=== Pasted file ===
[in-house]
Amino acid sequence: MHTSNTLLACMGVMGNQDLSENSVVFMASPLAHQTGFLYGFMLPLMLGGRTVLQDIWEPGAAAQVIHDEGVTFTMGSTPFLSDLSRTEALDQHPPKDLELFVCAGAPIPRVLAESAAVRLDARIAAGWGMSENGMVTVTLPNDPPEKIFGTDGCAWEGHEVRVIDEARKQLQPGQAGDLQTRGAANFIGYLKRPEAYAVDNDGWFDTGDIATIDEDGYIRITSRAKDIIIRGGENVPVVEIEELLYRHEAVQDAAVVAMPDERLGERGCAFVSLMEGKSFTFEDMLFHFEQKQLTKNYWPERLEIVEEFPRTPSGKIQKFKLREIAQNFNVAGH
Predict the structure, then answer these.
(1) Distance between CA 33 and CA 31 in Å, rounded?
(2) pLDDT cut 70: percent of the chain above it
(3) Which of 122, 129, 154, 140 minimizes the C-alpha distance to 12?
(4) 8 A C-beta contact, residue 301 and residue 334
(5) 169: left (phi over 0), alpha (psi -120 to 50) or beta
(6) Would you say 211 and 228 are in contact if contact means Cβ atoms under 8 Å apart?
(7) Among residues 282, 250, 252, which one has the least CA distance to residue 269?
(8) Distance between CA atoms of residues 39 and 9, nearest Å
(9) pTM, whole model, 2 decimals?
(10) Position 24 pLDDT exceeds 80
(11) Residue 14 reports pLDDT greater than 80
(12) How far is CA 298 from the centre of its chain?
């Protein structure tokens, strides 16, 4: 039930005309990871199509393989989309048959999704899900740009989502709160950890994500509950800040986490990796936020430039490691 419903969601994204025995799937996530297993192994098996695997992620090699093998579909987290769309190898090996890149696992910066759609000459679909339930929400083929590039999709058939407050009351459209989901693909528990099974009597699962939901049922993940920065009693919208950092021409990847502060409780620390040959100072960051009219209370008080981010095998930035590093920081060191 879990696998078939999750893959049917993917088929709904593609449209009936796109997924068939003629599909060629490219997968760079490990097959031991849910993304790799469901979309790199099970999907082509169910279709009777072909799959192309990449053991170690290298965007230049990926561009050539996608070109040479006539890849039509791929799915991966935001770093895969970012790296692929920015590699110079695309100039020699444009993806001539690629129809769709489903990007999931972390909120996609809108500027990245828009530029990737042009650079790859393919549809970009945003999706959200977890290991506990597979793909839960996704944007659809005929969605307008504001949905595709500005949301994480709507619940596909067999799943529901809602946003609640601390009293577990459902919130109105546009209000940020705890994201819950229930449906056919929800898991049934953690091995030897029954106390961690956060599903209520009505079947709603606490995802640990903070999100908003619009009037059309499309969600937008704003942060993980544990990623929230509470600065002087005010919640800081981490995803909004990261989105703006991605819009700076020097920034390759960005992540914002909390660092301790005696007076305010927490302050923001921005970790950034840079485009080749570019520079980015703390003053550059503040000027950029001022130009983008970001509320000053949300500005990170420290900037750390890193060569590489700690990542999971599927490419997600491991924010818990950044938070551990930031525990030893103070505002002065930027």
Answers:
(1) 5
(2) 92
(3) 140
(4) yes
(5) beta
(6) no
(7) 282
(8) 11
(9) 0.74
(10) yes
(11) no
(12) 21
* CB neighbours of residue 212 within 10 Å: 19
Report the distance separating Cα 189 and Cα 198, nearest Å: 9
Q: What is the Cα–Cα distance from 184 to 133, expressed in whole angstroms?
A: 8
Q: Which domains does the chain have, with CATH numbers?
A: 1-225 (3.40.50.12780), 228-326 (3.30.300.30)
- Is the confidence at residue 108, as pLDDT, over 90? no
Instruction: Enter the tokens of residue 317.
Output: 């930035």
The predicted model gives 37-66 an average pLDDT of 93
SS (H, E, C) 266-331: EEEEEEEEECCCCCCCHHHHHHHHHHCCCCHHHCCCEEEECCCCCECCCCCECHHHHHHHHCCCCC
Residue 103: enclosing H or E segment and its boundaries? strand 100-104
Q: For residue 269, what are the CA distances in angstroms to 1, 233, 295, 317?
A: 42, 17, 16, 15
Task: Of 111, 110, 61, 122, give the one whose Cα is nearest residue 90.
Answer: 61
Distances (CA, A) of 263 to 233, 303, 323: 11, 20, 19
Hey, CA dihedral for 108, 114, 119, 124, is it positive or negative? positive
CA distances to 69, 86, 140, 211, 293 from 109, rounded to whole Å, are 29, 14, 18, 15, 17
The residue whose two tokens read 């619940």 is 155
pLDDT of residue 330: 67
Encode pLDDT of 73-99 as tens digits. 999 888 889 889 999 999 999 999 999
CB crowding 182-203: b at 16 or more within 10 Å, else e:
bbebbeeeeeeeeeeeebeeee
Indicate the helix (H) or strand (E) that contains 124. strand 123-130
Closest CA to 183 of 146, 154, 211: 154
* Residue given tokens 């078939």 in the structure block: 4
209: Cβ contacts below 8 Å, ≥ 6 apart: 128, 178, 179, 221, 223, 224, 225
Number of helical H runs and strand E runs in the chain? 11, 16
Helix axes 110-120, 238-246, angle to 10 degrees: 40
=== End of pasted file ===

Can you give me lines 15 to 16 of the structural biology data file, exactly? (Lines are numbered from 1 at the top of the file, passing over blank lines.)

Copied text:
(12) How far is CA 298 from the centre of its chain?
């Protein structure tokens, strides 16, 4: 039930005309990871199509393989989309048959999704899900740009989502709160950890994500509950800040986490990796936020430039490691 419903969601994204025995799937996530297993192994098996695997992620090699093998579909987290769309190898090996890149696992910066759609000459679909339930929400083929590039999709058939407050009351459209989901693909528990099974009597699962939901049922993940920065009693919208950092021409990847502060409780620390040959100072960051009219209370008080981010095998930035590093920081060191 879990696998078939999750893959049917993917088929709904593609449209009936796109997924068939003629599909060629490219997968760079490990097959031991849910993304790799469901979309790199099970999907082509169910279709009777072909799959192309990449053991170690290298965007230049990926561009050539996608070109040479006539890849039509791929799915991966935001770093895969970012790296692929920015590699110079695309100039020699444009993806001539690629129809769709489903990007999931972390909120996609809108500027990245828009530029990737042009650079790859393919549809970009945003999706959200977890290991506990597979793909839960996704944007659809005929969605307008504001949905595709500005949301994480709507619940596909067999799943529901809602946003609640601390009293577990459902919130109105546009209000940020705890994201819950229930449906056919929800898991049934953690091995030897029954106390961690956060599903209520009505079947709603606490995802640990903070999100908003619009009037059309499309969600937008704003942060993980544990990623929230509470600065002087005010919640800081981490995803909004990261989105703006991605819009700076020097920034390759960005992540914002909390660092301790005696007076305010927490302050923001921005970790950034840079485009080749570019520079980015703390003053550059503040000027950029001022130009983008970001509320000053949300500005990170420290900037750390890193060569590489700690990542999971599927490419997600491991924010818990950044938070551990930031525990030893103070505002002065930027």